Leila Rich wrote: I think Hubert's comment re the water is important. Is it hot where you are? I find transplants really struggle if they get hit by direct sun within about 12 hrs. I try to transplant after the sun's gone down or when the weather's reliably overcast. And I give them a really good water when I plant. We don't have miracle gro here (in fact, that's the first time I've typed it ), I don't have a worm farm and I do plenty of successful transplanting, so I'd look at cultural issues first.
The fact that the sun is blaring all day can definitely be a variable. We are in a midst of a drought here in Louisiana and it gets to the upper 80's still in the daytime. I've been fighting water issues with my fruit trees and other plants all year long. This is the worst drought I've seen around here. Thank you so much for the helpful advice. I will know next time to not transplant until a rain event. Unfortunately we aren't getting them.
Heres a few pics of my chicken tractor and chicken house. I have bantams in the chicken tractor and they seem to love it in there. I am getting more eggs from them since I moved them to the tractor. It is a 4X10 ft tractor. The other pic is of my chicken house. It is designed to allow for rotation of the chickens between different areas.
My chickens free range in the back yard. I have 6 large oak trees in my yard that are dropping acorns like crazy. When I go to feed my chickens they follow me like puppies all the way to the feed can. A few days ago I noticed they had stopped following me and were pecking something. When I walked across a concrete pad, I had crushed several acorns and they were eating them up. I gathered several gallons of acorns and crushed them and the feeding frenzy was on. I will pay a minimal food bill for the next month due to the love of acorns by my chooks. I hope this saves someone else some money due to feed being so high.
Thelma McGowan wrote: Just becasue it is called miracle grow....does not mean it really is a miracle. I learned that this year with my tomatoe starts. I have never had as good of luck as i did with worm castings and compost tea.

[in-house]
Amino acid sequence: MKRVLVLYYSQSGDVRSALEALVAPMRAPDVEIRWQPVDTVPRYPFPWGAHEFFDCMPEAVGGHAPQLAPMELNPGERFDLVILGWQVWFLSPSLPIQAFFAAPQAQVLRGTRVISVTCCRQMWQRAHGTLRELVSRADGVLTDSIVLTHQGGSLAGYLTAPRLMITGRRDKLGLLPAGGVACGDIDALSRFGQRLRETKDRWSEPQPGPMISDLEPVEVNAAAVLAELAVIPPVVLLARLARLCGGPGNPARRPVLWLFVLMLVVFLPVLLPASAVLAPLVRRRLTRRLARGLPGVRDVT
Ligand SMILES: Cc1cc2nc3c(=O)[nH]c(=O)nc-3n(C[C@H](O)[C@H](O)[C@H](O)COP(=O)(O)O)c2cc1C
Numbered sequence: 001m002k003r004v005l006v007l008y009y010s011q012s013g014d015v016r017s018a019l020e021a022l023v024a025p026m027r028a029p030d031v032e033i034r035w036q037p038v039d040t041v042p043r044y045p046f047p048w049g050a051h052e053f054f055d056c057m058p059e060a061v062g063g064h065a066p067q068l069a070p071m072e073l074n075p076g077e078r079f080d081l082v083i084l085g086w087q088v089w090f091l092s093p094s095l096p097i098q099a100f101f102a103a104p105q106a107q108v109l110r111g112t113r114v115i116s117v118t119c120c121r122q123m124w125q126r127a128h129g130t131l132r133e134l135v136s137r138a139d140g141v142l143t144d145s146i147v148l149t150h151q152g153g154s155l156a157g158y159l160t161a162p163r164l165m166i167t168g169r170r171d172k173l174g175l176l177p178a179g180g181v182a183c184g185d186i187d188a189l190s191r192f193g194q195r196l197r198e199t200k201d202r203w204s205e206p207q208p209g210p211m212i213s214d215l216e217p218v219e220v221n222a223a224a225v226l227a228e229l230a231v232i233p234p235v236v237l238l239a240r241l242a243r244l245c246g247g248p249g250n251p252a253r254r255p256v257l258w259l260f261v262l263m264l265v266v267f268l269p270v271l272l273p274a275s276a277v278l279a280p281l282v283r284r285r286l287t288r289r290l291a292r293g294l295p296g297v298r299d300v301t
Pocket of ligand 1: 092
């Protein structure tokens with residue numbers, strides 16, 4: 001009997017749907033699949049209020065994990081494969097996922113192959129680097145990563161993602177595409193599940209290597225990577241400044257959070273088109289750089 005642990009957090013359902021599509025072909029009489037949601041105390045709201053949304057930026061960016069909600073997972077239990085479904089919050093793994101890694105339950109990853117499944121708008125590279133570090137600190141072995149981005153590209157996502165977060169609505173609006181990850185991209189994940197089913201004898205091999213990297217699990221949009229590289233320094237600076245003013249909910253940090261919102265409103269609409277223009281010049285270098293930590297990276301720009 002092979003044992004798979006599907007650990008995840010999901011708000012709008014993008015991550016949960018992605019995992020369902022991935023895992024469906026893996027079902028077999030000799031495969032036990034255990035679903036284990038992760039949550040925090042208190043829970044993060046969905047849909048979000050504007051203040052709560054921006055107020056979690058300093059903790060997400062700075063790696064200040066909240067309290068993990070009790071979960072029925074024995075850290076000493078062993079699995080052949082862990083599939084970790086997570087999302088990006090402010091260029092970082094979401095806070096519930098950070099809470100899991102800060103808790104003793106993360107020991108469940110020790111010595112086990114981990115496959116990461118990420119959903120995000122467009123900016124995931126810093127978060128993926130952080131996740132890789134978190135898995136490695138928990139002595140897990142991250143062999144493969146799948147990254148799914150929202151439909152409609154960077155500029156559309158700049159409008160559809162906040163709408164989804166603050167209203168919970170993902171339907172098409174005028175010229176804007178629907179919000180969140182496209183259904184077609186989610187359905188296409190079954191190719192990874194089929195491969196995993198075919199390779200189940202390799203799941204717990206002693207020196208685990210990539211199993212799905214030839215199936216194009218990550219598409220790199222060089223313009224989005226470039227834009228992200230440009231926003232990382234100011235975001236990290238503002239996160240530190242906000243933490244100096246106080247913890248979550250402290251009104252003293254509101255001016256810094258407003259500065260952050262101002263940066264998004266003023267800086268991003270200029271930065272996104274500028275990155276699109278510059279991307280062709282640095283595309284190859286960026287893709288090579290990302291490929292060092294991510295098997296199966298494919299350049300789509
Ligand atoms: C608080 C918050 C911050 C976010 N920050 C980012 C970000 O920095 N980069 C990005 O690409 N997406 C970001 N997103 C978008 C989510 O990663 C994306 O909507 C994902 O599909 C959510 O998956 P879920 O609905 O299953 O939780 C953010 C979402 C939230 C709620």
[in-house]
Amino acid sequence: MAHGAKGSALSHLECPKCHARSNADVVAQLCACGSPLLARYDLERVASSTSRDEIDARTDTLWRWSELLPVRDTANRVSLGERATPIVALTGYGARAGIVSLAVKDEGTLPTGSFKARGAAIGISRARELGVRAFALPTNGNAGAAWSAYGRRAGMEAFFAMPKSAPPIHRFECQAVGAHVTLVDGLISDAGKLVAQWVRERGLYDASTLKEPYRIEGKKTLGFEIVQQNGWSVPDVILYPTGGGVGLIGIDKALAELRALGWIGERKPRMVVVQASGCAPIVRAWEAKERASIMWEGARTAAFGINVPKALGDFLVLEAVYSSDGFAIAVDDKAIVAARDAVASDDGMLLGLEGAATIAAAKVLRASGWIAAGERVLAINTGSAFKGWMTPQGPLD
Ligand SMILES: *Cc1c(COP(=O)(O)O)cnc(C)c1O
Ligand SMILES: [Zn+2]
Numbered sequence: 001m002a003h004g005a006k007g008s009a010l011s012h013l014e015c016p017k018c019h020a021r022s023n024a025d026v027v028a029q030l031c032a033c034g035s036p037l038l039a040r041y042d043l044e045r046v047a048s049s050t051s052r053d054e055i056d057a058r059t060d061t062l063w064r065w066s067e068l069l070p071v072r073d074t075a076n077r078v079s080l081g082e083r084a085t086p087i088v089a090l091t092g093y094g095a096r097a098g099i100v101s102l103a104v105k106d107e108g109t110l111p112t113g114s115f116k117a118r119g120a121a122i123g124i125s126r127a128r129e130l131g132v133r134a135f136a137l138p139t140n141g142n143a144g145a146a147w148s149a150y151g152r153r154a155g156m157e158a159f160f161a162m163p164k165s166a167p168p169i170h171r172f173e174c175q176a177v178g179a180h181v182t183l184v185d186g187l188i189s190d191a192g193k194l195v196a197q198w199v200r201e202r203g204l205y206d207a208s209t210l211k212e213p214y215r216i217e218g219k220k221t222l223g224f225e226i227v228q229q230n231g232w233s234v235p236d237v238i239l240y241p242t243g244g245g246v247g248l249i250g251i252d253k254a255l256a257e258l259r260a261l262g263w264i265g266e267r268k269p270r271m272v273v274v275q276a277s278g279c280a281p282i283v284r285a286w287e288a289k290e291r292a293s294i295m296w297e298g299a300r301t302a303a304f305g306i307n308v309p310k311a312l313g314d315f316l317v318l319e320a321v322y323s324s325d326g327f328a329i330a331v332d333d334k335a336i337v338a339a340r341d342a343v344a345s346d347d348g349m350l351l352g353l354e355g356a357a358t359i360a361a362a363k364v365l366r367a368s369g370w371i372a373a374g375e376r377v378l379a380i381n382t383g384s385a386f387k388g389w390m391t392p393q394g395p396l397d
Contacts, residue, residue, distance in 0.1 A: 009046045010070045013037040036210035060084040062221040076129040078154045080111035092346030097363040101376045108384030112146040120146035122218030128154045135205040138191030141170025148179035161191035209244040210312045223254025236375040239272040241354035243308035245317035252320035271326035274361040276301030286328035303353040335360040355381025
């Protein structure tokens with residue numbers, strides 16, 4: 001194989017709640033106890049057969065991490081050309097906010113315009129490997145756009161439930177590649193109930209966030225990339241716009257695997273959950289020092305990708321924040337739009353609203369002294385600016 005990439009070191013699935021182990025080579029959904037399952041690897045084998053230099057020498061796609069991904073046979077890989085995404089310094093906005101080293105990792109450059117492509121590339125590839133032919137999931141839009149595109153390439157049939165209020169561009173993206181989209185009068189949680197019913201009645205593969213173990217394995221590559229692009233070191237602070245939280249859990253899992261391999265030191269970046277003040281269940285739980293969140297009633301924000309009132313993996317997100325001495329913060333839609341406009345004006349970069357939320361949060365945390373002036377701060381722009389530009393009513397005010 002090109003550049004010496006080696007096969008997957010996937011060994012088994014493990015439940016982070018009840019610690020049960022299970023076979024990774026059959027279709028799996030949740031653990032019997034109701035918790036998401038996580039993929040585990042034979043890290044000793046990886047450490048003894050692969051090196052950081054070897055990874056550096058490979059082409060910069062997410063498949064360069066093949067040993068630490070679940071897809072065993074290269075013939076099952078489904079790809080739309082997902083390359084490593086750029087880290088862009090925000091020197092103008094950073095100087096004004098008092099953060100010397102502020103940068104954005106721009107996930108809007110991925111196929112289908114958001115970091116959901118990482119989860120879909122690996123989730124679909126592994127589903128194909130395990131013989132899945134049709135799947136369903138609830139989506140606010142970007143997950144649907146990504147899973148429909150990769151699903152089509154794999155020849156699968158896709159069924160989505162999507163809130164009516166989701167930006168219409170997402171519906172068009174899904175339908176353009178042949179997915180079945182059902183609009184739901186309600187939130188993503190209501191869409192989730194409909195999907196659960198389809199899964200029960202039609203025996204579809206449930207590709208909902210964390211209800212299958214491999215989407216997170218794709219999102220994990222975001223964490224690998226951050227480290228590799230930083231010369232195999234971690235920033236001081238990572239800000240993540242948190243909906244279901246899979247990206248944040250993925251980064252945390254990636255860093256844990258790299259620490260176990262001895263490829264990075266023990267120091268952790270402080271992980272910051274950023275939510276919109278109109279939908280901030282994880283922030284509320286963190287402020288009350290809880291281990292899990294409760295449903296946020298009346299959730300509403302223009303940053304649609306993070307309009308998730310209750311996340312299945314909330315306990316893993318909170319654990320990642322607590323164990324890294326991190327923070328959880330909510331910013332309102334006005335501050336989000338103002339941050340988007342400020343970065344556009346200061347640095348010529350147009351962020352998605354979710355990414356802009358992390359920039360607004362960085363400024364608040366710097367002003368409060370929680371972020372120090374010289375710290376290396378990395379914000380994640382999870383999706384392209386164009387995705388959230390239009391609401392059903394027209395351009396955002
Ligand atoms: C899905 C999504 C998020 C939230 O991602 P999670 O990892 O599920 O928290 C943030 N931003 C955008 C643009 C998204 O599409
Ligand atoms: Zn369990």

I did not get too fancy.....we have a pile about 2 years old that we toss the grass clippings on. at the bottom of the pile and near the edges I discovered this last spring that it was crawing with worms...just where the grass was turning to soil. I made a tea with a shovel full of this composted earth (and a few worms that I could not get out of the dirt :0( ) The compost teas had superior effect on my seedlings. They were greener, stouter, had beter roots.
I think that even marginally worming dirt has more miracle in it than the advertised Miracle Grow! Most Of my garden budget was going to miracle grow...that stuff is really expensive! Don't belive the hype....nearly false advertising!
After My experience, this summer I set some of my kitchen scraps asside for a small worm bin and now I have awsome compost with worms galore making their castings......of course I do not know why I did that since the product is currently being made under my Grass clippings.
ronie wrote: This isn't really an answer to your question. When transplanting I've found that the plants do much better if I put a white 5 gal bucket over the plants for a couple weeks. Remove the bucket for a little longer each day to lessen shock of the full intensity of the sun.
The bucket protects from the sun and helps keep the moisture near the transplants. (If the weather is cool a black bucket works good.)
As for a substitute for miracle gro, I suppose a green tea or aged manure tea, might work - anything that will provide N,K,P should replace miracle gro.
Im wondering if I start a worm bin and water it, leaving a drain with a bucket to collect the "tea" as it filters out would work as a substitute for the miracle gro. I can't think of any concoction more potent than a casting tea. It would be worth a try. Thanks guys for the ideas.
I want to go totally organic with my gardening. The current problem Im having is with my cabbage transplants. I moved a pile of grass mulch to put down some cardboard and plant my transplants, cutting a hole for each one. The ground was extremely rich with worms, castings, and organic material. I transplanted the cabbage and watered it good, thinking it was golden, and the next day instead of springing up, my cabbage transplants were all wilted down. I had some miracle grow and mixed it up, not knowing what else to try, I applied the miracle grow. Like magic a few hours later the plants had started rebounding. The question I have for you gurus out there, is this: Is there any natural miracle gro compound that I can make to give my plants a super charge when transplanting? I hate using any kind of fertilizer and I wouldn't have done it, if my plants weren't at deaths door.